We’ve all heard people say, “That tattoo won’t look so nice in 20 years,” but how about, “That tattoo won’t play nice with future wearable technology!” Err … What? It seems that some people with dark wrist tattoos are having problems with the heart rate monitor on their Apple Watches.
Updated on 05-01-2015 by Malarie Gokey: Added statement from Apple on the effect of dark tattoos on the heart rate monitor.
Shortly after news of the issue went viral, Apple added a statement to its user guide, explaining why tattoos interfere with the heart rate monitor and what users can do to work around the issue.
“The ink, pattern, and saturation of some tattoos can block light from the sensor, making it difficult to get reliable readings,” Apple wrote on the support page. “If you’re not able to get a consistent reading because of any of these factors, you can connect your Apple Watch wirelessly to external heart rate monitors such as Bluetooth chest straps.”
The issue seems to be most prevalent with people who have tattoos covering their wrists that are dark in color. Apparently, the dark tattoo ink absorbs the green light the watch gives out in order to read your heart rate, thus rendering the heart rate monitor useless. To make matters worse, the Apple Watch actually uses the heart rate monitor to determine when you are wearing the device. If the watch can’t detect that you’re wearing it, the screen locks with your passcode. Many users are also unable to use Apple Pay due to interference from their tattoos, because to add an extra level of security, Apple Pay will only work when the watch is being worn.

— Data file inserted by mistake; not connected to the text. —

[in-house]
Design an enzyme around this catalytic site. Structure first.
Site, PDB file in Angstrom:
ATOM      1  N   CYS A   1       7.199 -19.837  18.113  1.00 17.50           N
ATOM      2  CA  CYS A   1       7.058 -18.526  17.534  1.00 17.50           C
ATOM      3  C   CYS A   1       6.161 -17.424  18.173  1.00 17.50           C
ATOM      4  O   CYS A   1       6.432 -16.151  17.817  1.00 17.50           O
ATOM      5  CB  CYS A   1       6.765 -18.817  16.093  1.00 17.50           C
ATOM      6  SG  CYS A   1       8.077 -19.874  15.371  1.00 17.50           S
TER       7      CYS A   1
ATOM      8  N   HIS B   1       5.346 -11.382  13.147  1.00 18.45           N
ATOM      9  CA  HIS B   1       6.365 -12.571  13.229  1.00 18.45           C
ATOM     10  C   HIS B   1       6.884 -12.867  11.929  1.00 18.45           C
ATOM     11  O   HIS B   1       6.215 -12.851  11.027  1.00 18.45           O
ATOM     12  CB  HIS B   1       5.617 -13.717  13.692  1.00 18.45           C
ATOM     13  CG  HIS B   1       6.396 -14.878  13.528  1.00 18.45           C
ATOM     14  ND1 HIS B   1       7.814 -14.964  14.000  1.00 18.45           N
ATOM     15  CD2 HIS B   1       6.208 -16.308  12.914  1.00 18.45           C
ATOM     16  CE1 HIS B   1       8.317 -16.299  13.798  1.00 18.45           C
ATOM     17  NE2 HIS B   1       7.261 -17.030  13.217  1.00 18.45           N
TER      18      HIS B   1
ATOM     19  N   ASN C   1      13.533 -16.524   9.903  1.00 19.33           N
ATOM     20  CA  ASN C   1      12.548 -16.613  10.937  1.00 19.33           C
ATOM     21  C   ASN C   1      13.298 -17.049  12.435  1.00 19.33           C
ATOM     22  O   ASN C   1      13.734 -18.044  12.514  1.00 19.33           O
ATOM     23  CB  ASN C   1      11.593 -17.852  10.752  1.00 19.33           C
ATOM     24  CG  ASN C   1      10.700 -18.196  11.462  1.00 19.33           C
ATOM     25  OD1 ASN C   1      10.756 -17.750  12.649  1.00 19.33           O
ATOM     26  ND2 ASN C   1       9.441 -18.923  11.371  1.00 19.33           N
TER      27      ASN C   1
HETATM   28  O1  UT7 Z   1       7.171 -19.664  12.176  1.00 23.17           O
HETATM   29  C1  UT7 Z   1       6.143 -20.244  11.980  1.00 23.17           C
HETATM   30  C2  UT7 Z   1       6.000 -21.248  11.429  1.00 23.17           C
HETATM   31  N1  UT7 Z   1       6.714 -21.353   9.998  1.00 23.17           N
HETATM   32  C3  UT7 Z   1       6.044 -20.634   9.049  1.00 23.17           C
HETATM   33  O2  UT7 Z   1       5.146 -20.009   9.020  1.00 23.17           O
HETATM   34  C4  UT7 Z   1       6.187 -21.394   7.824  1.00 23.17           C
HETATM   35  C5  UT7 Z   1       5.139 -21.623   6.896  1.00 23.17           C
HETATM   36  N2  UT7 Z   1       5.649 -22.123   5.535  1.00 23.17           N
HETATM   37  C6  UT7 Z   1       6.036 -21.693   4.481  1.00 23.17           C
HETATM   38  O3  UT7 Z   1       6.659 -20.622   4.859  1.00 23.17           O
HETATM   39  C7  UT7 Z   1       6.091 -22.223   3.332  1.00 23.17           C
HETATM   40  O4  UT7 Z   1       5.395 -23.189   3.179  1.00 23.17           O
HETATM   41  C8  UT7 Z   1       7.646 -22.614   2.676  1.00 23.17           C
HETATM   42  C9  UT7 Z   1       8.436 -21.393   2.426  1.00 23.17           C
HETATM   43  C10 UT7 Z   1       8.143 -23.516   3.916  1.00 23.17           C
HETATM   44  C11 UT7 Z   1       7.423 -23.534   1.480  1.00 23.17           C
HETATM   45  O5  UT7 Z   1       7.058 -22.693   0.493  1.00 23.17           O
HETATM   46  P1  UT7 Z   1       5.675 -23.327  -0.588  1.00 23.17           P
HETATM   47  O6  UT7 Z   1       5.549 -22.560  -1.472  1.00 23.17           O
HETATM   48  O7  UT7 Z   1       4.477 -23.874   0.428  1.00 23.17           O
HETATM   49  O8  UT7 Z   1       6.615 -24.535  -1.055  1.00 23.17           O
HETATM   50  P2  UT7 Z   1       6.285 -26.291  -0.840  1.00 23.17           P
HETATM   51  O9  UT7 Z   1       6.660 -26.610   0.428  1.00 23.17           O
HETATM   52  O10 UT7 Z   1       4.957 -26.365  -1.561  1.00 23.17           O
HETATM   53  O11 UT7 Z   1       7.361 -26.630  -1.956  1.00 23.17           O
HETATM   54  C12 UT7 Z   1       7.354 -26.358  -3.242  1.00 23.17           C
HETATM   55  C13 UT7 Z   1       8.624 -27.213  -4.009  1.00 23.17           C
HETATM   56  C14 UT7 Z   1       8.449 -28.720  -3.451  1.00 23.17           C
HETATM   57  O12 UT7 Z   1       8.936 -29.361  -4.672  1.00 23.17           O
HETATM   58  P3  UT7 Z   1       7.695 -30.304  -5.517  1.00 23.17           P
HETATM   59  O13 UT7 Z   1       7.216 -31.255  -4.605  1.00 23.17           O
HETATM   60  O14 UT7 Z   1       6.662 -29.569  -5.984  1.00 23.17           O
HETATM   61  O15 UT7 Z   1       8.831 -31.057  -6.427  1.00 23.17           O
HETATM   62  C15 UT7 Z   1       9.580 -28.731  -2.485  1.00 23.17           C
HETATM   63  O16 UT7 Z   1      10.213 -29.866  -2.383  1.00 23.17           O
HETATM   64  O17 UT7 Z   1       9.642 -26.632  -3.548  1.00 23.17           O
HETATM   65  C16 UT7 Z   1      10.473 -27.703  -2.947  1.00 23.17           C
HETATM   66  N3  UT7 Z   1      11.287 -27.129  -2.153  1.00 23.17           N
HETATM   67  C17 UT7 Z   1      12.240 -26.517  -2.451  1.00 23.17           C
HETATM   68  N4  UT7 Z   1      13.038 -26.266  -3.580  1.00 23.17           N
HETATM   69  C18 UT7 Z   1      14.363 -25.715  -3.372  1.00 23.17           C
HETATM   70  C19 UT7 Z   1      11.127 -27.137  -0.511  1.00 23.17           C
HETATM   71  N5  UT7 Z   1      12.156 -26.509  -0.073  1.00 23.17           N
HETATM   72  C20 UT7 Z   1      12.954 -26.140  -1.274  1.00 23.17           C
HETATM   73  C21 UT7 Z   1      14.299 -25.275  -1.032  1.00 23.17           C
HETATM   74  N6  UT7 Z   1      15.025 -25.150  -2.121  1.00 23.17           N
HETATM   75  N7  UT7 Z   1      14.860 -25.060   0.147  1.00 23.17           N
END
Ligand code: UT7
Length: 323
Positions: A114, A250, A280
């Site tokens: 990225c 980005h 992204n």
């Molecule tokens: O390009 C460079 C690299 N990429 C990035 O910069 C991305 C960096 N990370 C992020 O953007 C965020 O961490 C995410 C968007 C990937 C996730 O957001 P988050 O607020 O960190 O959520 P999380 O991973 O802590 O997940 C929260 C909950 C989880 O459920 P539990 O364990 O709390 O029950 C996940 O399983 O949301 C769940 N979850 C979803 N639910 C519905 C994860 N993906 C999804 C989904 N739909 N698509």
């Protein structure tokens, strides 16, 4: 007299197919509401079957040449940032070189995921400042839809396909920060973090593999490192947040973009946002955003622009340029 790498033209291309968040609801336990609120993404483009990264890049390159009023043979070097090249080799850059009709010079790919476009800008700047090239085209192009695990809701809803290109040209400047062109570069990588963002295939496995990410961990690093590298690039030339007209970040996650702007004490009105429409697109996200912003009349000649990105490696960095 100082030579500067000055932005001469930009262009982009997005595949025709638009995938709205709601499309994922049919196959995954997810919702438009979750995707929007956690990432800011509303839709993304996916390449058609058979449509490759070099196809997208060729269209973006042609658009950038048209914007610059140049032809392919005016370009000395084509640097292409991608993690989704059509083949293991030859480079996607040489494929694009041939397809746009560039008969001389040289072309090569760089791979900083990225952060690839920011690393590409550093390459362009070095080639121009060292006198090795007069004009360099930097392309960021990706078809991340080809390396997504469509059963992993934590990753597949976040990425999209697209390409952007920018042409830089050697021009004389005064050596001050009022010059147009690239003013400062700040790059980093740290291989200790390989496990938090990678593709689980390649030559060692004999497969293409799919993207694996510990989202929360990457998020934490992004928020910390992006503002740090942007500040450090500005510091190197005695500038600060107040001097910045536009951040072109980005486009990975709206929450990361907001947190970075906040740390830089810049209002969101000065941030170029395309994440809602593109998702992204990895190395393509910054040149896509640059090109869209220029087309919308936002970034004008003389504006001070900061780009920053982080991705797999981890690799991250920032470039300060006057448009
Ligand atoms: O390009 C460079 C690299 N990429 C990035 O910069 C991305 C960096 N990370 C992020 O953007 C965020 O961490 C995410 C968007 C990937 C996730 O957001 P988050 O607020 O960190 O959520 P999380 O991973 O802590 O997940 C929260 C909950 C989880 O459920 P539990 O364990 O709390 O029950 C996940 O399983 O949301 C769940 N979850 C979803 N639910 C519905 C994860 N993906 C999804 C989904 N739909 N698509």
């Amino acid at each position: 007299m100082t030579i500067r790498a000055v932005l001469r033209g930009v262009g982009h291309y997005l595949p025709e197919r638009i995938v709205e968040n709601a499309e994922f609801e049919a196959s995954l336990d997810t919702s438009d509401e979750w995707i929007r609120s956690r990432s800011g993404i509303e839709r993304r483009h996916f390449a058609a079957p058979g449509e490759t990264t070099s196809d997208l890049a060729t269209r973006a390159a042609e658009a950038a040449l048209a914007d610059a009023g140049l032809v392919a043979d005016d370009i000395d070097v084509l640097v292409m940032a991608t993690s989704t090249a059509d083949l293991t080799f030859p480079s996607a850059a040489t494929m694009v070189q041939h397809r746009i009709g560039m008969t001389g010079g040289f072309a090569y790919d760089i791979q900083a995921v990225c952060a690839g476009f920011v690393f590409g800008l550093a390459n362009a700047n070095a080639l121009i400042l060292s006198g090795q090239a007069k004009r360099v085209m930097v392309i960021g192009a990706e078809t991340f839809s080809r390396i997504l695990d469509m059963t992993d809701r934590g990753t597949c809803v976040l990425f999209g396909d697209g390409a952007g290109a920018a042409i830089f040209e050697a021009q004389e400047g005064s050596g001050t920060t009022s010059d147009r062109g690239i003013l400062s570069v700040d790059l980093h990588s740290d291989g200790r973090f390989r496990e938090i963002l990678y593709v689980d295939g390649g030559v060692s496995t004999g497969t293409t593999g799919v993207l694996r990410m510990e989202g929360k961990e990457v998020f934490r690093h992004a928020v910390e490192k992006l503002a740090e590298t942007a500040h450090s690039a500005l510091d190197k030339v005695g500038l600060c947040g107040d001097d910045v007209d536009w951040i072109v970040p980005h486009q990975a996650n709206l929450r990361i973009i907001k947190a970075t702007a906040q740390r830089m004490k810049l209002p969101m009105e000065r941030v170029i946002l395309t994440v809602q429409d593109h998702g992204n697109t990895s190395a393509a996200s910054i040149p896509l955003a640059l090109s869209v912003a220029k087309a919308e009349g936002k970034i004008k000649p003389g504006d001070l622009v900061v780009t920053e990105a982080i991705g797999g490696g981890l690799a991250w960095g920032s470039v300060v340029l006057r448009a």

Along with Apple Pay, a number of apps are not working either, and many users are having trouble with even simpler functions, such as checking the watch through wrist movements. Rocking body art shouldn’t bar you from using the latest tech, and it will be interesting to see how Apple deals with this, or if those bearing wrist tattoos are simply out of luck.
While you can temporarily work around this issue by turning off “wrist detection,” this will also disable the watch’s Apple Pay functionality. Seeing as there’s no quick fix for the issue, other dark or solid tattoos that limit the light penetrating your skin will continue to be a problem. So if you’ve got both your wrists tattooed, then its possible you’ll soon be returning your Apple Watch and waiting for the next one.
- The most common Apple Watch problems and how to fix them
- The best smartwatches for 2021
- Wearables don’t work the same on dark skin. It’s time to change that
- The best fitness trackers for 2021
- Six months in, I find the Apple Watch Series 6 incredibly boring